03 Mar Audacity of Reality: Patients must pay for health care
Audacity (ô-dăs’ĭ-tē) n.
- Fearless daring; intrepidity.
- Bold or insolent heedlessness of restraints, as of those imposed by prudence, propriety, or convention.
I read with amusement this article on the idea that doctors have the audacity of to be charging for their services at the time they provide them. Just think about that for a minute – people upset about the fact that they have to pay for a service they receive.
- “How dare the movie theater demand I pay before seeing the movie?”
- “Can you believe I had to actually pay for this suit before they let me wear it home?”
- “Man, the airlines are killing me by asking me to actually pay for my flight before I have actually flown!”
- “My lawyer asked for a retainer before she agreed to take my case – can you believe it?”
Of course, these are absurd notions. So why is health different? Why should we think about it differently than we do anyone of our assets that is valuable enough to warrant financial protection (insurance), active management (you wish you knew what to do with your portfolio), and even a trusted advisor (you wish yours knew what to with your portfolio as well!) to guide you through the decision making process.
The article reveals the fundamental, deep, and pervasive misalignments in how we pay for health care. Highlights are mine:
When Nicole Atkinson, 29, of Baltimore scheduled the first obstetrics appointment of her pregnancy last year, she knew the experience would come with its share of surprises. But Atkinson wasn’t at all prepared for a financial one: a request to pay up her full deductible — $600 — before the doctor would see her for the exam.
“So, I fired her,” says Atkinson, who then switched doctors to one who charged only a co-pay for each visit.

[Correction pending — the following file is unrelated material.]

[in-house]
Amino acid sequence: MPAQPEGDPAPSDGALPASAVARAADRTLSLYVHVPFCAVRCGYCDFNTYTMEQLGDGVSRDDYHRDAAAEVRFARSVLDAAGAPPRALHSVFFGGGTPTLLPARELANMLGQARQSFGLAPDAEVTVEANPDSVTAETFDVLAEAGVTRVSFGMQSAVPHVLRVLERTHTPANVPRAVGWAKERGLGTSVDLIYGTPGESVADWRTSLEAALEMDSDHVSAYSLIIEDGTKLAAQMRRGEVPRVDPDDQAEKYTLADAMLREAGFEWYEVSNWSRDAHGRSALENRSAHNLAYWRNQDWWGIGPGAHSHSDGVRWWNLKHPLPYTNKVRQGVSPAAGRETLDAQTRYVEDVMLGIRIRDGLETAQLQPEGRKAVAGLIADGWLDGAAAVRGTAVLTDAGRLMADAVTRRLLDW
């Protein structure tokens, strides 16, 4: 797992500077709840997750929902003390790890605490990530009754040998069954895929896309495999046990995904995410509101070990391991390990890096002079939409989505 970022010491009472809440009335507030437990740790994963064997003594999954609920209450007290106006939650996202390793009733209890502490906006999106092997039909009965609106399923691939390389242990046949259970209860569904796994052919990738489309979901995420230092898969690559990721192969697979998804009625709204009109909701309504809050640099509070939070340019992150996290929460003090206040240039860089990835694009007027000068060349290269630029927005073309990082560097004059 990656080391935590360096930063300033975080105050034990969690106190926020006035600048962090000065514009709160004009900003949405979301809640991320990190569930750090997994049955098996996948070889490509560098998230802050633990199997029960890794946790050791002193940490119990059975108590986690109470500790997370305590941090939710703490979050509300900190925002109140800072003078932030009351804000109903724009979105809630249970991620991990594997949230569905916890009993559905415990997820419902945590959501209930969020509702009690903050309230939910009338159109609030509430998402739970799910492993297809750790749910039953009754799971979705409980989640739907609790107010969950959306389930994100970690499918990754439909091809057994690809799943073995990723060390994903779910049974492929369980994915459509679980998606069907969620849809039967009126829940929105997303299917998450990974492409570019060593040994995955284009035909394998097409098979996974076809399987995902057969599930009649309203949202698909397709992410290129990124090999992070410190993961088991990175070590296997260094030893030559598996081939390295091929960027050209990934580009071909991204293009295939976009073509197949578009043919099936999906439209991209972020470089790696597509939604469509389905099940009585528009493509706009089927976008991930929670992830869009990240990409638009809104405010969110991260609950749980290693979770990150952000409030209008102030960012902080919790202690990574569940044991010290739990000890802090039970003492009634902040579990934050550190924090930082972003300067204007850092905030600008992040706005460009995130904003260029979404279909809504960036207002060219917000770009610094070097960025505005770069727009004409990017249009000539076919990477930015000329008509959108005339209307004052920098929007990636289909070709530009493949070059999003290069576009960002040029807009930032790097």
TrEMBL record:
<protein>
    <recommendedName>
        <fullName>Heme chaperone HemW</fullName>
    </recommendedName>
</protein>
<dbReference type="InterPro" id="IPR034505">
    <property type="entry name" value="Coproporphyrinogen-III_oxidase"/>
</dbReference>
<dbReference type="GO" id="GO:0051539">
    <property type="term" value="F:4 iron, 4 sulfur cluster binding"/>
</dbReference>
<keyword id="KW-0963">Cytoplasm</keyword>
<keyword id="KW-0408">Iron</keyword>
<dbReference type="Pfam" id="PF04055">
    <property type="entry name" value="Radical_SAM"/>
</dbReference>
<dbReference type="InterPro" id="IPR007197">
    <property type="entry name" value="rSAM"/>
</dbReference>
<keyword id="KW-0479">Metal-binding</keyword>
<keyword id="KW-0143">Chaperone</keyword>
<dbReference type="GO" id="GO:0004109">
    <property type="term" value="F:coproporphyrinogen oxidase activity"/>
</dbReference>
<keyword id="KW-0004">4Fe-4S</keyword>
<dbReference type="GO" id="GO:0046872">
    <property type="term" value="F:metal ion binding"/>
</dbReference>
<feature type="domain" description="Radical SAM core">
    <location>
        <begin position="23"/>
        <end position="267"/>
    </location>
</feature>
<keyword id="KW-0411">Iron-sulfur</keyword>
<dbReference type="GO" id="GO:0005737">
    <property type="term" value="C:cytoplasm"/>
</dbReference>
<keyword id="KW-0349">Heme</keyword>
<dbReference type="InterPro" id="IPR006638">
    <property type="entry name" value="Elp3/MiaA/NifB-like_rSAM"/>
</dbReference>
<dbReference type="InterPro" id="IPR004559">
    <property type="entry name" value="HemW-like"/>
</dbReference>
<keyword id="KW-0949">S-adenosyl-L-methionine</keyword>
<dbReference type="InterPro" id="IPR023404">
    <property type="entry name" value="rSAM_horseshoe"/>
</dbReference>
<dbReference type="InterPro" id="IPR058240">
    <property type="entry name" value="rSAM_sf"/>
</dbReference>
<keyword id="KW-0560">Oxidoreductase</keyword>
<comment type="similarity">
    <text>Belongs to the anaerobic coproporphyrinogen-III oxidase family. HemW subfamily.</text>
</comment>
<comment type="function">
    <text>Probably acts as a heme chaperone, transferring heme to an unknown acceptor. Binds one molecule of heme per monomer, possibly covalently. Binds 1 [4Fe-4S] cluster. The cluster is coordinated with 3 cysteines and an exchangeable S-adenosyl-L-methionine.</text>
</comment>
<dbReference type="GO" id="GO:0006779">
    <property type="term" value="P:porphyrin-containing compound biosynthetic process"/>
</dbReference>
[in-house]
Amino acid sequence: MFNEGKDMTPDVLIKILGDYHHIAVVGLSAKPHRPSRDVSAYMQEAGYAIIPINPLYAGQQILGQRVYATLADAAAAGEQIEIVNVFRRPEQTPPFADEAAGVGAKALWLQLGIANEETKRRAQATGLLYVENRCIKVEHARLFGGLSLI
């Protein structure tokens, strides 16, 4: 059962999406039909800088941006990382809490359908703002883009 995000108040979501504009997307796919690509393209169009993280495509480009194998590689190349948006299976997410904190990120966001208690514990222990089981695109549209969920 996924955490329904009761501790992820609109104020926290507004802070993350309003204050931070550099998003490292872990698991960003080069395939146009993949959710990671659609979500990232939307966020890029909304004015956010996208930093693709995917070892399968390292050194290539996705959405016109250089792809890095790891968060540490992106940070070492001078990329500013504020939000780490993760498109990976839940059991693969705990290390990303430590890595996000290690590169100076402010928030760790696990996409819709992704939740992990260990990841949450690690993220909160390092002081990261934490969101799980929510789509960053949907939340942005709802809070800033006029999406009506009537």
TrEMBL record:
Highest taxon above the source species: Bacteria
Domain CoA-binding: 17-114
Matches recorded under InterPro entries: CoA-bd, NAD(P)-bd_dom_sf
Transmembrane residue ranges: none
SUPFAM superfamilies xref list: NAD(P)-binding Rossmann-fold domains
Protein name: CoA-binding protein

But if Atkinson decides to have another baby, she may not be able to avoid that balloon payment. More and more physicians are asking for the patient’s share of that day’s medical fees, including any deductible set by the insurer, at the time of the visit.
“It’s a paradigm shift from what most consumers are used to at their doctor’s office,” says Red Gillen, a San Francisco-based analyst with consulting firm Celent, who last month published a report on doctors seeking upfront payment from their patients . . . According to Gillen, consumer out-of-pocket spending as a percentage of all health-care spending rose to 12 percent last year, and is expected to continue rising.
A survey published by the Kaiser Family Foundation in September, found that 18 percent of people who responded were covered by insurance plans with deductibles of at least $1,000, up from 12 percent the year before. “Until now,” Gillen says, “insured patients would see a doctor, leave a co-pay and then watch a series of insurance and physician envelopes come through the mail over weeks to months, until finally one detailed the actual amount, if any, to be paid by the patient.” Now, largely through new software programs that assess both a patient’s insurance coverage and the day’s charges, those weeks to months are often collapsed into just minutes for an estimate, or even a full adjudication of the bill.